Regular readers will know that I am not really the best person to check out a new Dark Souls game. Peter and Tim are the Dark Souls experts around here; but they weren’t the ones in Germany. It’s is a series I’ve been wanting to try for ages but have never found the time, so the Dark Souls 3 Gamescom presentation was a baptism of fire.
What you’re getting with this article is a neophyte’s view of the third game.
The demo started with our character looking over a vast medieval cityscape which, as I understand it, has the typical gloomy Dark Souls feel. There was a real sense of scale, and everything we could see far away in the distance can ultimately be reached as you traverse the world. It was damn impressive.
Hidetaka Miyazaki and the From Software development team want to convey a sense of atmospheric immersion in the game world.
Leaving the parapet, we moved downwards and closer to the heart of the city. Here, we came across the first enemies and got a demonstration of the sword-play. In Dark Souls 3 the stated goal is to have deeper sword combat, with different styles of sword action built around stances. We were shown one called the Ready Stance, where the character raises the sword onto the forearm and thrusts forward to break an enemy’s defense. It was highly effective making light work of a skeleton chap.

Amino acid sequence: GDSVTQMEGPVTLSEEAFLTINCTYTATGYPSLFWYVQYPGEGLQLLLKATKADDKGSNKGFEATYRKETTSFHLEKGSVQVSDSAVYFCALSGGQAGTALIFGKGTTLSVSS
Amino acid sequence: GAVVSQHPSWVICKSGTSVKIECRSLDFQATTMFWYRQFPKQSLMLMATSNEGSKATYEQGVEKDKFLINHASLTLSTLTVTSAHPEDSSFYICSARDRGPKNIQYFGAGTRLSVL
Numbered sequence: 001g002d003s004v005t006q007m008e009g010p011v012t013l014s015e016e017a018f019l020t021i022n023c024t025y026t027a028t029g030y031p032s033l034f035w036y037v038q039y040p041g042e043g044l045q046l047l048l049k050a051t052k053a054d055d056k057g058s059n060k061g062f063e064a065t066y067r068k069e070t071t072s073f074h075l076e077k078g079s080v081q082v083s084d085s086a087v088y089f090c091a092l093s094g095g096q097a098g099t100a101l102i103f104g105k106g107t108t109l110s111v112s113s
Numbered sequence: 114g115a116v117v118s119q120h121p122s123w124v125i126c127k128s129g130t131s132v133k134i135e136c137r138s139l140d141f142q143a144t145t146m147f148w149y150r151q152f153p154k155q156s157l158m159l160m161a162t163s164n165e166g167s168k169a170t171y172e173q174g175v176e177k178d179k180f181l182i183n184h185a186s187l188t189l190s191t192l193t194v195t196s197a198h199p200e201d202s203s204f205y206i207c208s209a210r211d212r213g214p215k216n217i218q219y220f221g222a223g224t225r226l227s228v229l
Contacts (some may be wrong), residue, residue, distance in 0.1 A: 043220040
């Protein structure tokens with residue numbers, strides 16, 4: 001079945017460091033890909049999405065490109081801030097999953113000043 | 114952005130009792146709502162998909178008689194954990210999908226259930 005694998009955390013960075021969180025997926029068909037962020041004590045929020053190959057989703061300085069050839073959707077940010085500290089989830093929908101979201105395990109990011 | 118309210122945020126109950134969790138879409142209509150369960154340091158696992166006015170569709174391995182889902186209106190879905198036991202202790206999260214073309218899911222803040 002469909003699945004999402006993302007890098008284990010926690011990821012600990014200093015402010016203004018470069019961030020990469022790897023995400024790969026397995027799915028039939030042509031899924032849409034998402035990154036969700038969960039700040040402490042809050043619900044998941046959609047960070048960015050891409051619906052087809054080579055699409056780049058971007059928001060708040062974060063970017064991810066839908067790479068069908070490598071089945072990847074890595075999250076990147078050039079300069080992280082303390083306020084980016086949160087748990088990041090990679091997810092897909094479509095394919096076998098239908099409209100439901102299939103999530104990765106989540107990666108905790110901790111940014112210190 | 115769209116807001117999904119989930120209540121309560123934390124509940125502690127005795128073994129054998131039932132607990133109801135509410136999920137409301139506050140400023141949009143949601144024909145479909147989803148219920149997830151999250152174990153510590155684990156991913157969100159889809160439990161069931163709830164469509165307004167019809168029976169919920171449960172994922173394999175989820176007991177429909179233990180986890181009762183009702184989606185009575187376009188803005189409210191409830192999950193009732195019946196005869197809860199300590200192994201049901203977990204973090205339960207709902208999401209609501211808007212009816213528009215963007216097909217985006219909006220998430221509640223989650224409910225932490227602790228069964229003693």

After disposing of a few more skeletons we came across another horde of skeletons ready to ambush us as we moved along a parapet. There were two choices here, take on the skeletons or find a way around by heading up some stairs to a higher level. Taking the second option seemed the natural choice.
Heading up the stairs might not have been such a great idea though, because on reaching the top we were met by a rather vicious dragon who wasn’t happy to see us. The dragon was swishing around at the top of the stone stairs so we made a hasty retreat back down the steps. Fortunately, the dragon had also inadvertently murdered the skeletons waiting in ambush. The way was now clear, and it was an example of how situations and pathways can change depending on what’s going on in given area.